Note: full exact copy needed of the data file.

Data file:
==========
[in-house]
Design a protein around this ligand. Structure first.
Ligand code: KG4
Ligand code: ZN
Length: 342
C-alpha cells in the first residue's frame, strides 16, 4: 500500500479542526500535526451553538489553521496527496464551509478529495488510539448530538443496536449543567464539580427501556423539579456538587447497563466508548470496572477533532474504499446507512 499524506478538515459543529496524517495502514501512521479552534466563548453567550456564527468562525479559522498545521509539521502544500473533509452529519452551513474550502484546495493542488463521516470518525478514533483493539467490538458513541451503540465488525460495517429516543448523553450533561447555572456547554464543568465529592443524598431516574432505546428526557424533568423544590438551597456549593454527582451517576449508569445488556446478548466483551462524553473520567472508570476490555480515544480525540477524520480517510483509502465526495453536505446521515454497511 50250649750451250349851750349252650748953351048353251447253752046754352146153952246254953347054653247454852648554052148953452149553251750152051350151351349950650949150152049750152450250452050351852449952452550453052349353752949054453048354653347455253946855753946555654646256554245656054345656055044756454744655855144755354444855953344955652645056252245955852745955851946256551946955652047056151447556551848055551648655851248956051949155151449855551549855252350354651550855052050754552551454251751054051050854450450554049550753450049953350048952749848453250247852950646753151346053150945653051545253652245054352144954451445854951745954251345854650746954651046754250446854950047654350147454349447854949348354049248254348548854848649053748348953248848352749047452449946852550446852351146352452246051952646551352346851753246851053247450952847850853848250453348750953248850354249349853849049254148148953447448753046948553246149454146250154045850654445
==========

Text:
[in-house]
Design a protein around this ligand. Structure first.
Ligand code: KG4
Ligand code: ZN
Length: 342
C-alpha cells in the first residue's frame, strides 16, 4: 500500500479542526500535526451553538489553521496527496464551509478529495488510539448530538443496536449543567464539580427501556423539579456538587447497563466508548470496572477533532474504499446507512 499524506478538515459543529496524517495502514501512521479552534466563548453567550456564527468562525479559522498545521509539521502544500473533509452529519452551513474550502484546495493542488463521516470518525478514533483493539467490538458513541451503540465488525460495517429516543448523553450533561447555572456547554464543568465529592443524598431516574432505546428526557424533568423544590438551597456549593454527582451517576449508569445488556446478548466483551462524553473520567472508570476490555480515544480525540477524520480517510483509502465526495453536505446521515454497511 50250649750451250349851750349252650748953351048353251447253752046754352146153952246254953347054653247454852648554052148953452149553251750152051350151351349950650949150152049750152450250452050351852449952452550453052349353752949054453048354653347455253946855753946555654646256554245656054345656055044756454744655855144755354444855953344955652645056252245955852745955851946256551946955652047056151447556551848055551648655851248956051949155151449855551549855252350354651550855052050754552551454251751054051050854450450554049550753450049953350048952749848453250247852950646753151346053150945653051545253652245054352144954451445854951745954251345854650746954651046754250446854950047654350147454349447854949348354049248254348548854848649053748348953248848352749047452449946852550446852351146352452246051952646551352346851753246851053247450952847850853848250453348750953248850354249349853849049254148148953447448753046948553246149454146250154045850654445